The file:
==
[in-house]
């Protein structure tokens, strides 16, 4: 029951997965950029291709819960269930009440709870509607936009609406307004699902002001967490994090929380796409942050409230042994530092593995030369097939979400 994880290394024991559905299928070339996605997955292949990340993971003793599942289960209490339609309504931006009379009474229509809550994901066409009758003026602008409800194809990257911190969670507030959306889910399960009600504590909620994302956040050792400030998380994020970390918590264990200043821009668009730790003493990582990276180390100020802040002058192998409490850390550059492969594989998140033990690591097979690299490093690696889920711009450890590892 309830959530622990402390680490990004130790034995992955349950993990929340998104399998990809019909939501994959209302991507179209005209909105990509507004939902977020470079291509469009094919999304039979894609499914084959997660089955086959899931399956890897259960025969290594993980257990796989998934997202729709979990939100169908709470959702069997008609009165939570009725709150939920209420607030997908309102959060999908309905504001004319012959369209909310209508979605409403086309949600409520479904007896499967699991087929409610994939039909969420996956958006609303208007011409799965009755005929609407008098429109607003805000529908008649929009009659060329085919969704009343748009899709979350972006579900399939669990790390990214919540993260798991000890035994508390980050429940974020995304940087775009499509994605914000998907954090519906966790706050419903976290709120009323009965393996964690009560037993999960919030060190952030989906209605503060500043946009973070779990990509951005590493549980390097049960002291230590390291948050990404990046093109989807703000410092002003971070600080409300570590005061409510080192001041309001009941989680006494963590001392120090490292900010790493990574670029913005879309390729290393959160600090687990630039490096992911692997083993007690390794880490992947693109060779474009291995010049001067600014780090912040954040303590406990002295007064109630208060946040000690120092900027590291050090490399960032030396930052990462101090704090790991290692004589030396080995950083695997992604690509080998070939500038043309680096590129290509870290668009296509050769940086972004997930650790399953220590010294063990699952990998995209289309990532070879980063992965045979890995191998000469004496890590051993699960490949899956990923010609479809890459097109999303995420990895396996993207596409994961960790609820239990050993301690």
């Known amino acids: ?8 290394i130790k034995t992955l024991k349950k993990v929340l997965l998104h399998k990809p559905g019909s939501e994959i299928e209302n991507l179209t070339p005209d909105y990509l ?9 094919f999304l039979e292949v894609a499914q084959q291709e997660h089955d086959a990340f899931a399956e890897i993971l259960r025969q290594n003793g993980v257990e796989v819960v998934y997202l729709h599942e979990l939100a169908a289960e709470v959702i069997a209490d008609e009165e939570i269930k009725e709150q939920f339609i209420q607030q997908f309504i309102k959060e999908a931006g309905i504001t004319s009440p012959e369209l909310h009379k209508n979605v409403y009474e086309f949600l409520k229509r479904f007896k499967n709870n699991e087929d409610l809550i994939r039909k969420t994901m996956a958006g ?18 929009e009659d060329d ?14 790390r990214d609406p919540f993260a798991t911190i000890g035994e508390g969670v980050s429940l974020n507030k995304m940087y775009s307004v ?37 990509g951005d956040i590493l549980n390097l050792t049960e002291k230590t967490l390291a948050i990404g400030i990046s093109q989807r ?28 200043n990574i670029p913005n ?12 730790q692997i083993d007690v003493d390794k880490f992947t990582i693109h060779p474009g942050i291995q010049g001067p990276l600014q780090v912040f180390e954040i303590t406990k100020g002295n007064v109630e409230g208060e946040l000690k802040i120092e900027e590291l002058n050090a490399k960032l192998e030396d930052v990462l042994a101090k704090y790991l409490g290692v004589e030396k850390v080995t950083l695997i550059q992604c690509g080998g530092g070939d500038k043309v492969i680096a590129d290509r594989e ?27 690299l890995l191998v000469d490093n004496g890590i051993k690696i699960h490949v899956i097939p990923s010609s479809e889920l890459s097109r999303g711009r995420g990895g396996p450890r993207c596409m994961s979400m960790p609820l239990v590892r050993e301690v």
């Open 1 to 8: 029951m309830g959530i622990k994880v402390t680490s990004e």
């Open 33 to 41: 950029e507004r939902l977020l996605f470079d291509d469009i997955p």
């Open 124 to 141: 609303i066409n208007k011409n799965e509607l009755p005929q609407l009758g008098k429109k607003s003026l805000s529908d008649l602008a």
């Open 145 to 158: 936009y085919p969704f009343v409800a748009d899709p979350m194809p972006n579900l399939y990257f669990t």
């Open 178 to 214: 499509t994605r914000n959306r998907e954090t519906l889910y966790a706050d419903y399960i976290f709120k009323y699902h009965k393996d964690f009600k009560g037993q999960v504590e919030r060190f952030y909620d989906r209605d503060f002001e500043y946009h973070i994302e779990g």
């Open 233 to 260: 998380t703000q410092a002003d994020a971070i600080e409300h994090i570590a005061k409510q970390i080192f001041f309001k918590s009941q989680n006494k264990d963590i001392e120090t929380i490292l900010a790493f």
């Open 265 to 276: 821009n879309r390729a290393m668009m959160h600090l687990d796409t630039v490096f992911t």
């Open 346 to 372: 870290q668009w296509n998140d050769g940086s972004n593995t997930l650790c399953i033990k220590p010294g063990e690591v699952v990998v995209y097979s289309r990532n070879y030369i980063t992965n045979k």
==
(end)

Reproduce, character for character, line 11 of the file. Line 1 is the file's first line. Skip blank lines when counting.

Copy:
């Open 346 to 372: 870290q668009w296509n998140d050769g940086s972004n593995t997930l650790c399953i033990k220590p010294g063990e690591v699952v990998v995209y097979s289309r990532n070879y030369i980063t992965n045979k």